Tammy’s Recipes has an easy recipe (butter, water and canola oil) for a soft butter spread.  I haven’t yet tried it, but a faithful reader recommended it at the Monday Mission post.  Another reader was quick to point out that you could make it with olive oil instead of canola oil if you want to avoid the possible hazards of canola (coming in a few weeks).  That would help my homemade butter be less hard-as-a-rock when it comes right out of the fridge.

added bonusAdded Bonus: This ought to stretch your butter a bit, nice for an ingredient on the pricey side.

Your other option for spreadable butter, as long as you’re going through your butter fast enough, is just to leave it at room temperature.  I’ve never had a problem with it going rancid (the store-bought stuff, at least).  In college I left some boxed butter out for a very, very long time.  Long story about why, but believe me:  you’ll know if your butter goes bad.  I’ve never had a worse taste in my mouth, and that was after cooking with it (mac and cheese, no less).

Next up:  Dairy Fats

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Kitchen Stewardship is dedicated to balancing God’s gifts of time, health, earth and money.  If you feel called to such a mission, read more at Mission, Method, and Mary and Martha Moments.

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25 Comments so far ↓

  • Lenetta @ Nettacow

    Heh, faithful I am! :>) I didn’t subscribe to the comments of that post so I didn’t see the mention of olive oil – I’m thinking it would really come through in the flavor, though if you dig olive oil, that isn’t a bad thing. After I did my search for canola oil, I realized it’s a topic coming up – can’t wait to read what you’ve found.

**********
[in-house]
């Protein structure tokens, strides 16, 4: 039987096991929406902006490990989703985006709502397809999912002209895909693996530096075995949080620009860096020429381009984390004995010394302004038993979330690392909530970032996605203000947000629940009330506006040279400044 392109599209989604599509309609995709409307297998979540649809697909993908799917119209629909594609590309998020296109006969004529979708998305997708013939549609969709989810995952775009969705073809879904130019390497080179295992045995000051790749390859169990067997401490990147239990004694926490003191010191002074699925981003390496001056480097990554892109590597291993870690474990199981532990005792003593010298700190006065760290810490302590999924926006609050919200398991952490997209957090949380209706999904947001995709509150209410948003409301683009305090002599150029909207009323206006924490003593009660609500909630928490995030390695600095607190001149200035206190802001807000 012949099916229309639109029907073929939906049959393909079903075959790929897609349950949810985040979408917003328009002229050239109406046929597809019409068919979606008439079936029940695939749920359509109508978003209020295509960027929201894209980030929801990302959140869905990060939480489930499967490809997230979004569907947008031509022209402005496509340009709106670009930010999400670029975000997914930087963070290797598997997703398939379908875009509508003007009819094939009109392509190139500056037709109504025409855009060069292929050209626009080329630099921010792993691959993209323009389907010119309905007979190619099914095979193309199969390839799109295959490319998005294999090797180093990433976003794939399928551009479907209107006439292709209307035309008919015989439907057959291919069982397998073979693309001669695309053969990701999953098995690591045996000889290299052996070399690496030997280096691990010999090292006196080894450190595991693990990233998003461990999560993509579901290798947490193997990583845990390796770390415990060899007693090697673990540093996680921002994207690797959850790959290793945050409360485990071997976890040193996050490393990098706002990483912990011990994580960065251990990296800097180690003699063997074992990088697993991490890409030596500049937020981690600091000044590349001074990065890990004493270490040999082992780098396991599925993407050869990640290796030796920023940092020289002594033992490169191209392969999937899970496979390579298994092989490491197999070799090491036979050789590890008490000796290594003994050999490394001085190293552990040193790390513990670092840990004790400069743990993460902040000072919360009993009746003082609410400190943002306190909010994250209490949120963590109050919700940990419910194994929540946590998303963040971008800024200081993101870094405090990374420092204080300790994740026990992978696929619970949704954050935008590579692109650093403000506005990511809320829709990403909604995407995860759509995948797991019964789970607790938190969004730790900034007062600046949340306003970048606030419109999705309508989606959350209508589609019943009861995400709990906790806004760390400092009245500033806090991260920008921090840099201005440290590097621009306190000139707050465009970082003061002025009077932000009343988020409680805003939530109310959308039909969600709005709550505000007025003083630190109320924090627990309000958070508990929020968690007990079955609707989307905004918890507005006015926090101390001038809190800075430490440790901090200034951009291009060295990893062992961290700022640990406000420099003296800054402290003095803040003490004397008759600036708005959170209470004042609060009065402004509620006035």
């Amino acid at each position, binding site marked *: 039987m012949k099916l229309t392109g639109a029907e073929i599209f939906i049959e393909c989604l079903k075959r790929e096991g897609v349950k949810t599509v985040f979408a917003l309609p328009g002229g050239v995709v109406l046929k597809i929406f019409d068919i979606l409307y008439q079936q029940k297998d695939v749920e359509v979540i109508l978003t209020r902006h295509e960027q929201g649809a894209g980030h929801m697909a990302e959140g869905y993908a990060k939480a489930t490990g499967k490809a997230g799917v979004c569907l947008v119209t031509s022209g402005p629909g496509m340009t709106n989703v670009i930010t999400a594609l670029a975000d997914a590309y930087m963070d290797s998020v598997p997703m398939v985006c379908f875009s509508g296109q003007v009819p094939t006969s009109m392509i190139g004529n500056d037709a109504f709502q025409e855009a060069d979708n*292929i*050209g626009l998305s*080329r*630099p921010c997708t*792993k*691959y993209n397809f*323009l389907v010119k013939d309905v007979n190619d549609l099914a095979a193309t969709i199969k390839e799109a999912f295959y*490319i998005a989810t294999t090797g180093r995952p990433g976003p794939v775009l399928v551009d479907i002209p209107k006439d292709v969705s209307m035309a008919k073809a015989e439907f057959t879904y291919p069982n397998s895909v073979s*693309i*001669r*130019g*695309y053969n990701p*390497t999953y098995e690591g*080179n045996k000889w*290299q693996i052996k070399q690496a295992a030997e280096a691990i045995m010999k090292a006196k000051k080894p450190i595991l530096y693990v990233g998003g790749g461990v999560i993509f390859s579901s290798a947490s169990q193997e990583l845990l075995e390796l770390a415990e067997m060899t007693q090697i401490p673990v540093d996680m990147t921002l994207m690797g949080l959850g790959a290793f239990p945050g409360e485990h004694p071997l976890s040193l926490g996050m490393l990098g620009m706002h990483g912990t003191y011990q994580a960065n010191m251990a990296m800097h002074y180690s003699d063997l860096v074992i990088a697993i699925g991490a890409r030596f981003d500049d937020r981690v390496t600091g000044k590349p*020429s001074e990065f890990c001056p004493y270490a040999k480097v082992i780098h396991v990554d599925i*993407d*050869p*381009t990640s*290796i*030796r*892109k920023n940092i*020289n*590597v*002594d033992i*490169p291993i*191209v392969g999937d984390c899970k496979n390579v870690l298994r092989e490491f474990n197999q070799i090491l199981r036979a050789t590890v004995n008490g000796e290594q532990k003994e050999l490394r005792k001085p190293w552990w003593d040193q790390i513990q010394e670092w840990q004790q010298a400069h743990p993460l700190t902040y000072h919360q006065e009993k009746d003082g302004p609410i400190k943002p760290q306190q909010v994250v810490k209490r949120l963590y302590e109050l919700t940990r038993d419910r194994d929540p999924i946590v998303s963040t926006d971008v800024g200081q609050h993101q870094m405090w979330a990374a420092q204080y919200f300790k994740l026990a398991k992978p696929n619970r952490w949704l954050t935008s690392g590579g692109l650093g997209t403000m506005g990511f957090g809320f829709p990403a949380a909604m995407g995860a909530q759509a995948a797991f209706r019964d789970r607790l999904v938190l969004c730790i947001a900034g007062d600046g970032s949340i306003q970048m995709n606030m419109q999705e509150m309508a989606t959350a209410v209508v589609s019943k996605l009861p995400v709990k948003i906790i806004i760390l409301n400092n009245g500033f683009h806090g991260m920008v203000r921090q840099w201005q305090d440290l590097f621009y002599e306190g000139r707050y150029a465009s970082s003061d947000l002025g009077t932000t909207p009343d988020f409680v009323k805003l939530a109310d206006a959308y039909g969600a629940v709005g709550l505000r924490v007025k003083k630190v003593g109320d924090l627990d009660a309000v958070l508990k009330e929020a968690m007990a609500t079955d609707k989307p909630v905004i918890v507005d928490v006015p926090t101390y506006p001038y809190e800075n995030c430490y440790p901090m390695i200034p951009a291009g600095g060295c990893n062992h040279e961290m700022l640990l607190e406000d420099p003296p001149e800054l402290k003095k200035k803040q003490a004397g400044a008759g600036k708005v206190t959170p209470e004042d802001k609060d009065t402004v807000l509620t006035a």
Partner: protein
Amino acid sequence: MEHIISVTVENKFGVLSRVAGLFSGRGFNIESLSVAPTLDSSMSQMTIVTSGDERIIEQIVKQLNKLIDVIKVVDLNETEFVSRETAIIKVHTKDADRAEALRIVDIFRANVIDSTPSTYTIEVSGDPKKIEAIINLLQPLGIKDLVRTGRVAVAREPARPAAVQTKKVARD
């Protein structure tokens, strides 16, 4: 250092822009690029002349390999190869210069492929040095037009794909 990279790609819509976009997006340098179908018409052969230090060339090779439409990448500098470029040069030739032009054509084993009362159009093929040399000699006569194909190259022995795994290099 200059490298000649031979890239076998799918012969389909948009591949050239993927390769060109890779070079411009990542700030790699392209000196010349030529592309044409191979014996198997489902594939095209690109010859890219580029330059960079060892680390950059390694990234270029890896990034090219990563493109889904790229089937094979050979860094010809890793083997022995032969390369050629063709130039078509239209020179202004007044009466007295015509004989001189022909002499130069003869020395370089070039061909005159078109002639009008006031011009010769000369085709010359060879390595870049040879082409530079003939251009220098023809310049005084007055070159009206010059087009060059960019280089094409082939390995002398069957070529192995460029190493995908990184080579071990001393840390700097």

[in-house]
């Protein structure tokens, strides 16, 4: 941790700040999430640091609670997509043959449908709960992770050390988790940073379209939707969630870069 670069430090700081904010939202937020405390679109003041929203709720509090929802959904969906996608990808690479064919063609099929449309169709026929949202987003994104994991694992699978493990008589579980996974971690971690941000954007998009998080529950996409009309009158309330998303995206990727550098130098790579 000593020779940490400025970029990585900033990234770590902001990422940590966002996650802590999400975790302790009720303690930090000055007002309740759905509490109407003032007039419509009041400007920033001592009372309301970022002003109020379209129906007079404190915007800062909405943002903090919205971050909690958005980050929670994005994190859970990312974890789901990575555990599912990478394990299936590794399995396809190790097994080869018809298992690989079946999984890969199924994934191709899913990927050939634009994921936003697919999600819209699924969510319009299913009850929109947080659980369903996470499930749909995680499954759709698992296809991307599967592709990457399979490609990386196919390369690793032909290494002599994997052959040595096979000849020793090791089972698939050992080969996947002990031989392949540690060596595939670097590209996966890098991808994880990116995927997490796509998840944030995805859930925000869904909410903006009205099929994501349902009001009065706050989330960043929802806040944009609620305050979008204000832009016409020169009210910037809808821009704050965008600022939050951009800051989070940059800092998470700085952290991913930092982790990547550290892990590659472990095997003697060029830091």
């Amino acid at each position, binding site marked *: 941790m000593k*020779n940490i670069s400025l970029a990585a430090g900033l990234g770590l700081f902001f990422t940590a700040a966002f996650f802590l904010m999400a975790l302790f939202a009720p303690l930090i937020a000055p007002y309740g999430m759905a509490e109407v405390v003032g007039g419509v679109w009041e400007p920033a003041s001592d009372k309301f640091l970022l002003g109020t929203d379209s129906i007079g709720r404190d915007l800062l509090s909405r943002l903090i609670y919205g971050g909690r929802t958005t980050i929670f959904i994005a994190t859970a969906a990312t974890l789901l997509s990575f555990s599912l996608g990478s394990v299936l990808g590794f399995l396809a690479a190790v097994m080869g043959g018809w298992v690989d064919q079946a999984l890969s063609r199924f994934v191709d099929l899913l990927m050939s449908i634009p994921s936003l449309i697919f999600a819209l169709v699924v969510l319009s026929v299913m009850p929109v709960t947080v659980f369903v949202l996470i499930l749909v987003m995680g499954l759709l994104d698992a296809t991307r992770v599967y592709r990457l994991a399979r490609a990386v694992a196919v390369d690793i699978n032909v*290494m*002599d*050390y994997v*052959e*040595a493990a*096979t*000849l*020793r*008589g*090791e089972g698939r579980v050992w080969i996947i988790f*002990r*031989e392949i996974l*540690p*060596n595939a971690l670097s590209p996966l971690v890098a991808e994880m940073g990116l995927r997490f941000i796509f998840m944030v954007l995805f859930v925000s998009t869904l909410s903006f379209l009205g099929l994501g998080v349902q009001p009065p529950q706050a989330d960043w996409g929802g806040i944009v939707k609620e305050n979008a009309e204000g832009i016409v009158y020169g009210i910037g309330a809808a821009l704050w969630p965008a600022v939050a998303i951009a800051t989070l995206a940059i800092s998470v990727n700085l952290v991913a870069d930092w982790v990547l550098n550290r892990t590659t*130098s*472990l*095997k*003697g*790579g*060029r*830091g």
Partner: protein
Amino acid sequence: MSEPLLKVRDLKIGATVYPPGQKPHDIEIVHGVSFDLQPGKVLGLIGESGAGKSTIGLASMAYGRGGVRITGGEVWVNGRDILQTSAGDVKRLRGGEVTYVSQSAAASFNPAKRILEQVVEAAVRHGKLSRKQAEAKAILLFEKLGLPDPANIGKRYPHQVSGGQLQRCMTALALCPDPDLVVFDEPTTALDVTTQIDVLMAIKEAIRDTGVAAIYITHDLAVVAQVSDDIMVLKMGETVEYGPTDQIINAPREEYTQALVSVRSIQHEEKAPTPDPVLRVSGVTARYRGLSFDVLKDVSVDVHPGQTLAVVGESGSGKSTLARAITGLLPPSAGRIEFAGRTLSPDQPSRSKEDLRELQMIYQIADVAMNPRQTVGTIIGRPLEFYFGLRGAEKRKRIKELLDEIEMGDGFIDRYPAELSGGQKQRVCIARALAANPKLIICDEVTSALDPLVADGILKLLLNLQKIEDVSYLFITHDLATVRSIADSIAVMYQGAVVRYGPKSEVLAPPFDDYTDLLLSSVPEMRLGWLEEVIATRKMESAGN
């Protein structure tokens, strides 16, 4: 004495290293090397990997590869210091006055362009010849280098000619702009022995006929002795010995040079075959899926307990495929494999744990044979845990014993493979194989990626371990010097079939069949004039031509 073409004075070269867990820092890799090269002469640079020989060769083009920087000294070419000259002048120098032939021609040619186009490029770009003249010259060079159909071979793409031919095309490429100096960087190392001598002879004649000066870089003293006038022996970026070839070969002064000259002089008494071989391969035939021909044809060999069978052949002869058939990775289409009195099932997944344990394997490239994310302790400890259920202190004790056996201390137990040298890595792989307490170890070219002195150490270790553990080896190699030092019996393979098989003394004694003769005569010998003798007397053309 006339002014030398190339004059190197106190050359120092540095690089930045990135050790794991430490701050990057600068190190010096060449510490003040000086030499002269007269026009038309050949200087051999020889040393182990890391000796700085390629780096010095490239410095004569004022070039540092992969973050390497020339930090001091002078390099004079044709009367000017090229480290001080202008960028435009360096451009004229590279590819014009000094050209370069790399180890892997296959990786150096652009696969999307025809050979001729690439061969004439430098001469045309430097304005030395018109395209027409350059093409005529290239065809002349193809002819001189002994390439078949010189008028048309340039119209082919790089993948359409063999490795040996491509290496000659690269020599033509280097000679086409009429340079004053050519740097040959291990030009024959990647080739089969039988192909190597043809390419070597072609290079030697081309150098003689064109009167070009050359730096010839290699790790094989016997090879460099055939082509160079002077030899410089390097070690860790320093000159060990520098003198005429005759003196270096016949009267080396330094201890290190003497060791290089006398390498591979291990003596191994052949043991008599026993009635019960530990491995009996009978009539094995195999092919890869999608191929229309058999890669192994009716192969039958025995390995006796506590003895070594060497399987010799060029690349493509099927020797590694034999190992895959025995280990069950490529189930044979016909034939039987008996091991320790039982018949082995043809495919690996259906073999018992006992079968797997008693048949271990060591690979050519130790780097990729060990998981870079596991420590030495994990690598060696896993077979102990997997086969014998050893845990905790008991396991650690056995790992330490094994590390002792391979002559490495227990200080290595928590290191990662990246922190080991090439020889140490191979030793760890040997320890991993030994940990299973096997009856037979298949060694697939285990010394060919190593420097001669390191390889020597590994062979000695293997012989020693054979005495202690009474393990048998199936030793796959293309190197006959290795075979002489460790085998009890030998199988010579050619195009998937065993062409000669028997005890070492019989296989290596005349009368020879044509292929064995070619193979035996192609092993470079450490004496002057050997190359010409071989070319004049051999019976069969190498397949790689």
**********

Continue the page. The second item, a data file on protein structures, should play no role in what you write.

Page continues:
I love your little side stories like your butter going bad. Makes me feel better about my “kitchen incidents” which not coincidentally has its own catagory on my blog. :>)

    Have a great weekend! We got a little snow here in Nebraska and I’m anxious to see the 2-year-old’s reaction!
    .-= Lenetta @ Nettacow´s last blog ..Link Roundup – Farmer’s Market Edition =-.

  • susan

    We’ve been using Smart Balance for a couple of years now because my doc recommended it. I’lll have to try the soft butter recipe instead. It definitely sounds tastier.
    .-= susan´s last blog ..Turkey Biscuit Pot Pie =-.

  • Kari

    Great post. And kudos to you for giving both sides of the story. I see a lot of posts where bloggers only give the side they believe in so I really appreciate that you linked to the Mayo Clinic and gave a fair balance piece. (even though I agree with you that butter is the healthy choice).
    .-= Kari´s last blog ..Recipe Remake: Low-Fat, Heart Healthy Pumpkin Pear Muffins (That Taste Really Good) =-.

  • Martha

    It’s plain old butter for me, Great informative entry!
    .-= Martha´s last blog ..Monochrome =-.

  • Jen

    I only use butter too :-) Have bought spread stuff in forever, last time it was in the house my MIL bought it and I might have slightly offended her cause I would put it out by their places and put the butter out for us :-) But I wouldn’t let my kids have the spread stuff! Love all the links, thanks!
    .-= Jen´s last blog ..Chicken Soup =-.

  • Karen

    Has anyone tried to use one of those ‘Butter Bells’ or equivalent for keeping butter fresh and soft at room temp? I have seen them on tv shows but never heard if they were a waste of money or not. Was thinking of for use in hot weather or warm climates especially.

    example:
    http://www.butterbell.com/

    Katie Reply:

    I haven’t, but I noticed some conversation on them in the comments at Tammy’s recipes spread post – follow the link above.
    Katie

    JulieVW Reply:

    I have a butter keeper (which is essentially a butter bell that is a different brand) and I LOVE it! I do have to change out the water every couple of days, but it’s easy to do, and having spreadable butter makes me very happy!

  • Andrew